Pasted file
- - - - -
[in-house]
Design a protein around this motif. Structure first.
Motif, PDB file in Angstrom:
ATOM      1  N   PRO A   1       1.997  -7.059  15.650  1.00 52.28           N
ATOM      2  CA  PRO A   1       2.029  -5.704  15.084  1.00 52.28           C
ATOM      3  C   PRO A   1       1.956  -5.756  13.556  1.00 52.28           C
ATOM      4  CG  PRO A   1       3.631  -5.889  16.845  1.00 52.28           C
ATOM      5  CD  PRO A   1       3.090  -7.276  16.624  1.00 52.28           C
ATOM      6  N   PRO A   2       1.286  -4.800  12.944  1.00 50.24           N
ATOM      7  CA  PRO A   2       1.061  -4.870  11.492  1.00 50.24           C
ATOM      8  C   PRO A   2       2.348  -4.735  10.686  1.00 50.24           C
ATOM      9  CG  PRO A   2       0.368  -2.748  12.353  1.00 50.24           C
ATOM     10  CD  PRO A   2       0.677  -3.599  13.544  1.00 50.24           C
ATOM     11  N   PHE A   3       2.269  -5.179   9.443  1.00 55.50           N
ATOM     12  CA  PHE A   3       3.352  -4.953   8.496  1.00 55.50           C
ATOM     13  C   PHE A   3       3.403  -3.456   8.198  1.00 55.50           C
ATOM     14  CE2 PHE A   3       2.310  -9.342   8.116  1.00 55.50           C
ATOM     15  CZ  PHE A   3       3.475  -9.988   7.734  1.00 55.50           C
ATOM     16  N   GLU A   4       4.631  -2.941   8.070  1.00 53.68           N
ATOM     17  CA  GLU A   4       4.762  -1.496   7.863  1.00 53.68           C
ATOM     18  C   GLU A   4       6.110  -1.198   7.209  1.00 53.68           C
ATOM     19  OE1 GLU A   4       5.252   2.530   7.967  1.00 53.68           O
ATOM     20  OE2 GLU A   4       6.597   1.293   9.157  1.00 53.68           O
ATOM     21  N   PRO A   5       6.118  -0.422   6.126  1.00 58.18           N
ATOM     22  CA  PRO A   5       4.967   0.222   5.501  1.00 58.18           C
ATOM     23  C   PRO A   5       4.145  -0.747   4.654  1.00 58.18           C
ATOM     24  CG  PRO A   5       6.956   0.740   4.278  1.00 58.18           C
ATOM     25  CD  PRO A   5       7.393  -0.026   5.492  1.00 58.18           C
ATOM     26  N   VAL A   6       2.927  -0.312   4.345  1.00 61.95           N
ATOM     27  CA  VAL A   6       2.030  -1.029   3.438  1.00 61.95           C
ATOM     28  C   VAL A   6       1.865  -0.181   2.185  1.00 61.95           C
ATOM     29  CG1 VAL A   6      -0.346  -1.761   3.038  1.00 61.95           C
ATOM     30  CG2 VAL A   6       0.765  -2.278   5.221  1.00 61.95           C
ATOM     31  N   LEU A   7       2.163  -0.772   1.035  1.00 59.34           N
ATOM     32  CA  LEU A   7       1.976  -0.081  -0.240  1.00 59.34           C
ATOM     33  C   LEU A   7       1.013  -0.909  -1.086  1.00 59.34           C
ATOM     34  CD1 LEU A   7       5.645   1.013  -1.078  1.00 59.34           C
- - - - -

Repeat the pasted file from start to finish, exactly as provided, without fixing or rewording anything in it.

[in-house]
Design a protein around this motif. Structure first.
Motif, PDB file in Angstrom:
ATOM      1  N   PRO A   1       1.997  -7.059  15.650  1.00 52.28           N
ATOM      2  CA  PRO A   1       2.029  -5.704  15.084  1.00 52.28           C
ATOM      3  C   PRO A   1       1.956  -5.756  13.556  1.00 52.28           C
ATOM      4  CG  PRO A   1       3.631  -5.889  16.845  1.00 52.28           C
ATOM      5  CD  PRO A   1       3.090  -7.276  16.624  1.00 52.28           C
ATOM      6  N   PRO A   2       1.286  -4.800  12.944  1.00 50.24           N
ATOM      7  CA  PRO A   2       1.061  -4.870  11.492  1.00 50.24           C
ATOM      8  C   PRO A   2       2.348  -4.735  10.686  1.00 50.24           C
ATOM      9  CG  PRO A   2       0.368  -2.748  12.353  1.00 50.24           C
ATOM     10  CD  PRO A   2       0.677  -3.599  13.544  1.00 50.24           C
ATOM     11  N   PHE A   3       2.269  -5.179   9.443  1.00 55.50           N
ATOM     12  CA  PHE A   3       3.352  -4.953   8.496  1.00 55.50           C
ATOM     13  C   PHE A   3       3.403  -3.456   8.198  1.00 55.50           C
ATOM     14  CE2 PHE A   3       2.310  -9.342   8.116  1.00 55.50           C
ATOM     15  CZ  PHE A   3       3.475  -9.988   7.734  1.00 55.50           C
ATOM     16  N   GLU A   4       4.631  -2.941   8.070  1.00 53.68           N
ATOM     17  CA  GLU A   4       4.762  -1.496   7.863  1.00 53.68           C
ATOM     18  C   GLU A   4       6.110  -1.198   7.209  1.00 53.68           C
ATOM     19  OE1 GLU A   4       5.252   2.530   7.967  1.00 53.68           O
ATOM     20  OE2 GLU A   4       6.597   1.293   9.157  1.00 53.68           O
ATOM     21  N   PRO A   5       6.118  -0.422   6.126  1.00 58.18           N
ATOM     22  CA  PRO A   5       4.967   0.222   5.501  1.00 58.18           C
ATOM     23  C   PRO A   5       4.145  -0.747   4.654  1.00 58.18           C
ATOM     24  CG  PRO A   5       6.956   0.740   4.278  1.00 58.18           C
ATOM     25  CD  PRO A   5       7.393  -0.026   5.492  1.00 58.18           C
ATOM     26  N   VAL A   6       2.927  -0.312   4.345  1.00 61.95           N
ATOM     27  CA  VAL A   6       2.030  -1.029   3.438  1.00 61.95           C
ATOM     28  C   VAL A   6       1.865  -0.181   2.185  1.00 61.95           C
ATOM     29  CG1 VAL A   6      -0.346  -1.761   3.038  1.00 61.95           C
ATOM     30  CG2 VAL A   6       0.765  -2.278   5.221  1.00 61.95           C
ATOM     31  N   LEU A   7       2.163  -0.772   1.035  1.00 59.34           N
ATOM     32  CA  LEU A   7       1.976  -0.081  -0.240  1.00 59.34           C
ATOM     33  C   LEU A   7       1.013  -0.909  -1.086  1.00 59.34           C
ATOM     34  CD1 LEU A   7       5.645   1.013  -1.078  1.00 59.34           C